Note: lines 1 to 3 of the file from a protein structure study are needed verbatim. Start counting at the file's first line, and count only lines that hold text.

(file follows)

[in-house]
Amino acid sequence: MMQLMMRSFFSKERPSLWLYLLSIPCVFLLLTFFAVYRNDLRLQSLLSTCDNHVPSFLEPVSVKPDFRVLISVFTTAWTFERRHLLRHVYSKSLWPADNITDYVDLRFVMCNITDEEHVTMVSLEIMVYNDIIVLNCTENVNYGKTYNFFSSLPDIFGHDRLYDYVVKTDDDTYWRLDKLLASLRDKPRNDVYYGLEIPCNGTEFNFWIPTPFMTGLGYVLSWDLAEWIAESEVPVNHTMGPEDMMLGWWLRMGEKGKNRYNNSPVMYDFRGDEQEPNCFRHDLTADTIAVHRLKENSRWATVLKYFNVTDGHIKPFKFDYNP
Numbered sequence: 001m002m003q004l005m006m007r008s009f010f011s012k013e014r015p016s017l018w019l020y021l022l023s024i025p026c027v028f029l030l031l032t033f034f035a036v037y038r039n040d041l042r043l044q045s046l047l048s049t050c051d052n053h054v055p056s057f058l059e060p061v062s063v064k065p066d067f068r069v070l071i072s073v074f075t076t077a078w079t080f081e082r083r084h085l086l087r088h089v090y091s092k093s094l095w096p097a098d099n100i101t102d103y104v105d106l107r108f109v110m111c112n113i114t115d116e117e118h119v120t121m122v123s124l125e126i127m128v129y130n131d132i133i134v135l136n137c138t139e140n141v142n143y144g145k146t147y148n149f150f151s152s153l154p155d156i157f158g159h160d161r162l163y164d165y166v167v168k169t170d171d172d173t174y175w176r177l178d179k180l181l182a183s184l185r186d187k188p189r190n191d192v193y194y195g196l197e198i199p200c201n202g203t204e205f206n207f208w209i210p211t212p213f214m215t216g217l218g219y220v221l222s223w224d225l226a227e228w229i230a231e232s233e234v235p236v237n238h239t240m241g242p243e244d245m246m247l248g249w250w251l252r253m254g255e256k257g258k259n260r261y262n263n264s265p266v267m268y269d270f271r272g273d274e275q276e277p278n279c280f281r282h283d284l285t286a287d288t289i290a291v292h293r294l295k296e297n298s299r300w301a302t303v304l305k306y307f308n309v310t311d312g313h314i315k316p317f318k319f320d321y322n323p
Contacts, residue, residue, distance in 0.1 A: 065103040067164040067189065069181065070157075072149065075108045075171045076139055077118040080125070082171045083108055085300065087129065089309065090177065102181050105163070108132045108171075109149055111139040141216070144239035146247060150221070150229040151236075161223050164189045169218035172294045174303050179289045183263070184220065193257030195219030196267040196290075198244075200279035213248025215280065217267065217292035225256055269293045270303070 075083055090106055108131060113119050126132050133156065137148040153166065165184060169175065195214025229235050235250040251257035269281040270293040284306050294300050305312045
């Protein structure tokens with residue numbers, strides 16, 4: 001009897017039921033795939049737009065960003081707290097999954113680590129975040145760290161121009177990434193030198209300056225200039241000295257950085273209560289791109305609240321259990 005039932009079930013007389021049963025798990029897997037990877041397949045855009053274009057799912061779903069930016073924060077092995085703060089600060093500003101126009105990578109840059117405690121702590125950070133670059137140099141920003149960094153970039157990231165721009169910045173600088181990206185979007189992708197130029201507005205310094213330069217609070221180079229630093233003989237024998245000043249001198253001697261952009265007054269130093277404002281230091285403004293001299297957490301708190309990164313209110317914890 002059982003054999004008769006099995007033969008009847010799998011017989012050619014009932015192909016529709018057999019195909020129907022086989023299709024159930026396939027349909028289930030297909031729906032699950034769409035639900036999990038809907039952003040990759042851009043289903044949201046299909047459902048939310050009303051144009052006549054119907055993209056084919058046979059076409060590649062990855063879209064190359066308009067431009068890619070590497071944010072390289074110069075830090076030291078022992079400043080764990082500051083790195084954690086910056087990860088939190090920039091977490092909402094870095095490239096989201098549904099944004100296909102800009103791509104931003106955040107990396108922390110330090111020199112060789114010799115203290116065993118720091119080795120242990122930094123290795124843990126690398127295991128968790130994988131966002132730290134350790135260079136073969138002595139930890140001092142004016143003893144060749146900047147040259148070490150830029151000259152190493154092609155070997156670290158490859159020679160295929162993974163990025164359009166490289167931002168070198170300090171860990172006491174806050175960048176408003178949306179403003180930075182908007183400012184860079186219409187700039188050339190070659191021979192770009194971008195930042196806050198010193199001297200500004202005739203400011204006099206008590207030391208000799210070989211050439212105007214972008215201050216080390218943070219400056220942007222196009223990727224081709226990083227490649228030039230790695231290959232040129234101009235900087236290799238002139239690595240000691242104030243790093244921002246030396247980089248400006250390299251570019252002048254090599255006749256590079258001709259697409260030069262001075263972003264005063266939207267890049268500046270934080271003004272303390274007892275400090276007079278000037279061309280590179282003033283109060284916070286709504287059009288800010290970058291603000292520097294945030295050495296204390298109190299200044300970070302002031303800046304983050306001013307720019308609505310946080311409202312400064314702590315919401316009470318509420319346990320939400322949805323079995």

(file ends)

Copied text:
[in-house]
Amino acid sequence: MMQLMMRSFFSKERPSLWLYLLSIPCVFLLLTFFAVYRNDLRLQSLLSTCDNHVPSFLEPVSVKPDFRVLISVFTTAWTFERRHLLRHVYSKSLWPADNITDYVDLRFVMCNITDEEHVTMVSLEIMVYNDIIVLNCTENVNYGKTYNFFSSLPDIFGHDRLYDYVVKTDDDTYWRLDKLLASLRDKPRNDVYYGLEIPCNGTEFNFWIPTPFMTGLGYVLSWDLAEWIAESEVPVNHTMGPEDMMLGWWLRMGEKGKNRYNNSPVMYDFRGDEQEPNCFRHDLTADTIAVHRLKENSRWATVLKYFNVTDGHIKPFKFDYNP
Numbered sequence: 001m002m003q004l005m006m007r008s009f010f011s012k013e014r015p016s017l018w019l020y021l022l023s024i025p026c027v028f029l030l031l032t033f034f035a036v037y038r039n040d041l042r043l044q045s046l047l048s049t050c051d052n053h054v055p056s057f058l059e060p061v062s063v064k065p066d067f068r069v070l071i072s073v074f075t076t077a078w079t080f081e082r083r084h085l086l087r088h089v090y091s092k093s094l095w096p097a098d099n100i101t102d103y104v105d106l107r108f109v110m111c112n113i114t115d116e117e118h119v120t121m122v123s124l125e126i127m128v129y130n131d132i133i134v135l136n137c138t139e140n141v142n143y144g145k146t147y148n149f150f151s152s153l154p155d156i157f158g159h160d161r162l163y164d165y166v167v168k169t170d171d172d173t174y175w176r177l178d179k180l181l182a183s184l185r186d187k188p189r190n191d192v193y194y195g196l197e198i199p200c201n202g203t204e205f206n207f208w209i210p211t212p213f214m215t216g217l218g219y220v221l222s223w224d225l226a227e228w229i230a231e232s233e234v235p236v237n238h239t240m241g242p243e244d245m246m247l248g249w250w251l252r253m254g255e256k257g258k259n260r261y262n263n264s265p266v267m268y269d270f271r272g273d274e275q276e277p278n279c280f281r282h283d284l285t286a287d288t289i290a291v292h293r294l295k296e297n298s299r300w301a302t303v304l305k306y307f308n309v310t311d312g313h314i315k316p317f318k319f320d321y322n323p